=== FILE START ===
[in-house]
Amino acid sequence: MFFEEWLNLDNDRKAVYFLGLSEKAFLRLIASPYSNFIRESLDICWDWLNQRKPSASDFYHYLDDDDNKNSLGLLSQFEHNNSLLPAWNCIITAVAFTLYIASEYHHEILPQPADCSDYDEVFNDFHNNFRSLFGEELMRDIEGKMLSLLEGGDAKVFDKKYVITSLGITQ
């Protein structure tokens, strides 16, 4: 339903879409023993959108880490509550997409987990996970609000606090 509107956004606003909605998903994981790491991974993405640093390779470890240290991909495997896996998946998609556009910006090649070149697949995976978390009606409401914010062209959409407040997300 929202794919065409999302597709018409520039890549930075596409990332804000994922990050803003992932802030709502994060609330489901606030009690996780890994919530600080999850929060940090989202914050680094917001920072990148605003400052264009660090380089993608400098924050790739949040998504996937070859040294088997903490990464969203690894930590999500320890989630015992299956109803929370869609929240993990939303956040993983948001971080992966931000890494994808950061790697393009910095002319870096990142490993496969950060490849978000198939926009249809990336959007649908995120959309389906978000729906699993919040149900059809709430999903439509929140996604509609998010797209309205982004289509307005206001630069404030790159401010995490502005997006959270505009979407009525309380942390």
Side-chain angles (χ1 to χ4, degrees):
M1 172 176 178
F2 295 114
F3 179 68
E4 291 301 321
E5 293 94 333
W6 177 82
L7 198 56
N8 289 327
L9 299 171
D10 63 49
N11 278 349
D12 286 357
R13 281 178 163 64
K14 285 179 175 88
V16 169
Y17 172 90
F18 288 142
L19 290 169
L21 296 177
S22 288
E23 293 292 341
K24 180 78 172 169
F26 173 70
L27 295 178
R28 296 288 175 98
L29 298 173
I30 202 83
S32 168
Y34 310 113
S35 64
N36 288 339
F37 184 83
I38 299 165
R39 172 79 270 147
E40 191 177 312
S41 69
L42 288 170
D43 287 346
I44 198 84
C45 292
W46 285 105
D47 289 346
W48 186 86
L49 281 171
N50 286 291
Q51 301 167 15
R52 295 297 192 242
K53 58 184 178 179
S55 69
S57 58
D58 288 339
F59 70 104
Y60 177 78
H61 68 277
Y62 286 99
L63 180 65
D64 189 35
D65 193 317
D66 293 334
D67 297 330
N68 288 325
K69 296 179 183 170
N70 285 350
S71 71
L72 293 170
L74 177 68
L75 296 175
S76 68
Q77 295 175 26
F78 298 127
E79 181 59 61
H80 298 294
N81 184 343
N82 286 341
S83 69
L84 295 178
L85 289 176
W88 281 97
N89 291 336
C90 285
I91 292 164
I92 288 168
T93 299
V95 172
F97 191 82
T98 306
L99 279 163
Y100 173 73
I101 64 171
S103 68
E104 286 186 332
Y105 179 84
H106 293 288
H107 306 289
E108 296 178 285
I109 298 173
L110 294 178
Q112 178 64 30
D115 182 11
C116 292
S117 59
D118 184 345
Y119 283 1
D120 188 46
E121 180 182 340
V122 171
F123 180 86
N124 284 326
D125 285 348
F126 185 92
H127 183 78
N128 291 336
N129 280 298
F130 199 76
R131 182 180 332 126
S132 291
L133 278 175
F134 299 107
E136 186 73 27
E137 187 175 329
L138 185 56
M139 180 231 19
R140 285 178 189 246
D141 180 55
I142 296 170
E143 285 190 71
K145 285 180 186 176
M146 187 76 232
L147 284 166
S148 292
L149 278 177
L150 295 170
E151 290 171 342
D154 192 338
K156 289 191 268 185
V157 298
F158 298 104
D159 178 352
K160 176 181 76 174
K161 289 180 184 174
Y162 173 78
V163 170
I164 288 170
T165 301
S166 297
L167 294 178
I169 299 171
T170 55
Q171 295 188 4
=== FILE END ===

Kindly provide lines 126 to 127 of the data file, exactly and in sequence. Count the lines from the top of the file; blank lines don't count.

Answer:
M139 180 231 19
R140 285 178 189 246